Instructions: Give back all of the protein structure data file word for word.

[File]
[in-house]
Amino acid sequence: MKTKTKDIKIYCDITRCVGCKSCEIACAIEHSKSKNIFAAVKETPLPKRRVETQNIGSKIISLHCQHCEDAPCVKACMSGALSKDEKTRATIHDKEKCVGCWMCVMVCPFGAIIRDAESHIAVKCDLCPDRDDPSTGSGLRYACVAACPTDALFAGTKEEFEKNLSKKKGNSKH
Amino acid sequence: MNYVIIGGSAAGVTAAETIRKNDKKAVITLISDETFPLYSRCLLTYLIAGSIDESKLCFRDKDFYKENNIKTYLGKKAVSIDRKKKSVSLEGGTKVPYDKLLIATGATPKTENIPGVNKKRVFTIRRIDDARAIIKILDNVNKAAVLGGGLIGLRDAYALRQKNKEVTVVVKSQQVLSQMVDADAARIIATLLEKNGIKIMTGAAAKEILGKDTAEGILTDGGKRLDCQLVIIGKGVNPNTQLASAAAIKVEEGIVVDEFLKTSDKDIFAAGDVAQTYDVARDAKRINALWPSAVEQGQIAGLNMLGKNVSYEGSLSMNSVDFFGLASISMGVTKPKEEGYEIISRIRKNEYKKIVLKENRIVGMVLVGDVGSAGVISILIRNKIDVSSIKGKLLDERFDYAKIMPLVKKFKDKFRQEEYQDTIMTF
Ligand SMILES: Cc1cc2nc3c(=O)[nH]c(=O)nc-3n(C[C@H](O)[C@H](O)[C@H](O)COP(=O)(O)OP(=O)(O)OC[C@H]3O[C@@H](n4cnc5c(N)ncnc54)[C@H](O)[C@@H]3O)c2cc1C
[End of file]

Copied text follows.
[in-house]
Amino acid sequence: MKTKTKDIKIYCDITRCVGCKSCEIACAIEHSKSKNIFAAVKETPLPKRRVETQNIGSKIISLHCQHCEDAPCVKACMSGALSKDEKTRATIHDKEKCVGCWMCVMVCPFGAIIRDAESHIAVKCDLCPDRDDPSTGSGLRYACVAACPTDALFAGTKEEFEKNLSKKKGNSKH
Amino acid sequence: MNYVIIGGSAAGVTAAETIRKNDKKAVITLISDETFPLYSRCLLTYLIAGSIDESKLCFRDKDFYKENNIKTYLGKKAVSIDRKKKSVSLEGGTKVPYDKLLIATGATPKTENIPGVNKKRVFTIRRIDDARAIIKILDNVNKAAVLGGGLIGLRDAYALRQKNKEVTVVVKSQQVLSQMVDADAARIIATLLEKNGIKIMTGAAAKEILGKDTAEGILTDGGKRLDCQLVIIGKGVNPNTQLASAAAIKVEEGIVVDEFLKTSDKDIFAAGDVAQTYDVARDAKRINALWPSAVEQGQIAGLNMLGKNVSYEGSLSMNSVDFFGLASISMGVTKPKEEGYEIISRIRKNEYKKIVLKENRIVGMVLVGDVGSAGVISILIRNKIDVSSIKGKLLDERFDYAKIMPLVKKFKDKFRQEEYQDTIMTF
Ligand SMILES: Cc1cc2nc3c(=O)[nH]c(=O)nc-3n(C[C@H](O)[C@H](O)[C@H](O)COP(=O)(O)OP(=O)(O)OC[C@H]3O[C@@H](n4cnc5c(N)ncnc54)[C@H](O)[C@@H]3O)c2cc1C